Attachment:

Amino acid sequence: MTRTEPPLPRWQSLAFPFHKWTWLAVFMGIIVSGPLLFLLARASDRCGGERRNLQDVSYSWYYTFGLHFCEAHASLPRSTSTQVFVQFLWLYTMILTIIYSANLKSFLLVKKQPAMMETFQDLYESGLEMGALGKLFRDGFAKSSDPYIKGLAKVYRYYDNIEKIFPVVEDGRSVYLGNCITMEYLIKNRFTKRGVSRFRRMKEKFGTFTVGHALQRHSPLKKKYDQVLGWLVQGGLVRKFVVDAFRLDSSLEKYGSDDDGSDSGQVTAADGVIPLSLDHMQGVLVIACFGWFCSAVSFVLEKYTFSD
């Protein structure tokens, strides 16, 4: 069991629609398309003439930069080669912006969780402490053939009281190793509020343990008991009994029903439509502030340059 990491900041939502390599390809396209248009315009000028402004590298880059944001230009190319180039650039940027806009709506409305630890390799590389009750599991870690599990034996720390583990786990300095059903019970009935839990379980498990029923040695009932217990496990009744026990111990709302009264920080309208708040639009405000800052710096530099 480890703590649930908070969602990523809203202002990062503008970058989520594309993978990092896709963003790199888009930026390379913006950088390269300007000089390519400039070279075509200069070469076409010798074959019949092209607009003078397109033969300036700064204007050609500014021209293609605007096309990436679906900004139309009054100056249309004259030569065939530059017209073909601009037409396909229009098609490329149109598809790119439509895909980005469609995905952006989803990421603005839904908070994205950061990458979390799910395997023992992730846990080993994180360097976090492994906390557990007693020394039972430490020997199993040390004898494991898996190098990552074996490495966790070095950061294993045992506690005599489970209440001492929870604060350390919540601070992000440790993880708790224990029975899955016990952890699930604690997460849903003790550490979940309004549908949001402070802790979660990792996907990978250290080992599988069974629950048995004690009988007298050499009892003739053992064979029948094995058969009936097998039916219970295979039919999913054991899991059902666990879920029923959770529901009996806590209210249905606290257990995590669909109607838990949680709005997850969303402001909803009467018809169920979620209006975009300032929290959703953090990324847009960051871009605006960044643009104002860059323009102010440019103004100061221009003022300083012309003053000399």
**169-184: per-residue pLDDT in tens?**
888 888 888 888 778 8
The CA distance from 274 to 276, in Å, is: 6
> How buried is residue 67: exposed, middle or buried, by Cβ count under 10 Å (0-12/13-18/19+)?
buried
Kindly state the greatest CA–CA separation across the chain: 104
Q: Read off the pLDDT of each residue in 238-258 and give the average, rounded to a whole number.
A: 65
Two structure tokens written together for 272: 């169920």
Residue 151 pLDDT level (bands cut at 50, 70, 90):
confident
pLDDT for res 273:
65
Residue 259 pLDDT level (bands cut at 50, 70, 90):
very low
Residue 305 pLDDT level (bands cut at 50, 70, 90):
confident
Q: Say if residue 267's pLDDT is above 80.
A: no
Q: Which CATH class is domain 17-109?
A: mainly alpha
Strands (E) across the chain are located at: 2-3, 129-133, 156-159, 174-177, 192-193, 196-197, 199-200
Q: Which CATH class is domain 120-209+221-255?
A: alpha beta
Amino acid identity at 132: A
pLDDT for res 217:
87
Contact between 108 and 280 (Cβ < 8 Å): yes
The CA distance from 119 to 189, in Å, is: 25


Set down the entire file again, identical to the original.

Amino acid sequence: MTRTEPPLPRWQSLAFPFHKWTWLAVFMGIIVSGPLLFLLARASDRCGGERRNLQDVSYSWYYTFGLHFCEAHASLPRSTSTQVFVQFLWLYTMILTIIYSANLKSFLLVKKQPAMMETFQDLYESGLEMGALGKLFRDGFAKSSDPYIKGLAKVYRYYDNIEKIFPVVEDGRSVYLGNCITMEYLIKNRFTKRGVSRFRRMKEKFGTFTVGHALQRHSPLKKKYDQVLGWLVQGGLVRKFVVDAFRLDSSLEKYGSDDDGSDSGQVTAADGVIPLSLDHMQGVLVIACFGWFCSAVSFVLEKYTFSD
């Protein structure tokens, strides 16, 4: 069991629609398309003439930069080669912006969780402490053939009281190793509020343990008991009994029903439509502030340059 990491900041939502390599390809396209248009315009000028402004590298880059944001230009190319180039650039940027806009709506409305630890390799590389009750599991870690599990034996720390583990786990300095059903019970009935839990379980498990029923040695009932217990496990009744026990111990709302009264920080309208708040639009405000800052710096530099 480890703590649930908070969602990523809203202002990062503008970058989520594309993978990092896709963003790199888009930026390379913006950088390269300007000089390519400039070279075509200069070469076409010798074959019949092209607009003078397109033969300036700064204007050609500014021209293609605007096309990436679906900004139309009054100056249309004259030569065939530059017209073909601009037409396909229009098609490329149109598809790119439509895909980005469609995905952006989803990421603005839904908070994205950061990458979390799910395997023992992730846990080993994180360097976090492994906390557990007693020394039972430490020997199993040390004898494991898996190098990552074996490495966790070095950061294993045992506690005599489970209440001492929870604060350390919540601070992000440790993880708790224990029975899955016990952890699930604690997460849903003790550490979940309004549908949001402070802790979660990792996907990978250290080992599988069974629950048995004690009988007298050499009892003739053992064979029948094995058969009936097998039916219970295979039919999913054991899991059902666990879920029923959770529901009996806590209210249905606290257990995590669909109607838990949680709005997850969303402001909803009467018809169920979620209006975009300032929290959703953090990324847009960051871009605006960044643009104002860059323009102010440019103004100061221009003022300083012309003053000399």
**169-184: per-residue pLDDT in tens?**
888 888 888 888 778 8
The CA distance from 274 to 276, in Å, is: 6
> How buried is residue 67: exposed, middle or buried, by Cβ count under 10 Å (0-12/13-18/19+)?
buried
Kindly state the greatest CA–CA separation across the chain: 104
Q: Read off the pLDDT of each residue in 238-258 and give the average, rounded to a whole number.
A: 65
Two structure tokens written together for 272: 């169920």
Residue 151 pLDDT level (bands cut at 50, 70, 90):
confident
pLDDT for res 273:
65
Residue 259 pLDDT level (bands cut at 50, 70, 90):
very low
Residue 305 pLDDT level (bands cut at 50, 70, 90):
confident
Q: Say if residue 267's pLDDT is above 80.
A: no
Q: Which CATH class is domain 17-109?
A: mainly alpha
Strands (E) across the chain are located at: 2-3, 129-133, 156-159, 174-177, 192-193, 196-197, 199-200
Q: Which CATH class is domain 120-209+221-255?
A: alpha beta
Amino acid identity at 132: A
pLDDT for res 217:
87
Contact between 108 and 280 (Cβ < 8 Å): yes
The CA distance from 119 to 189, in Å, is: 25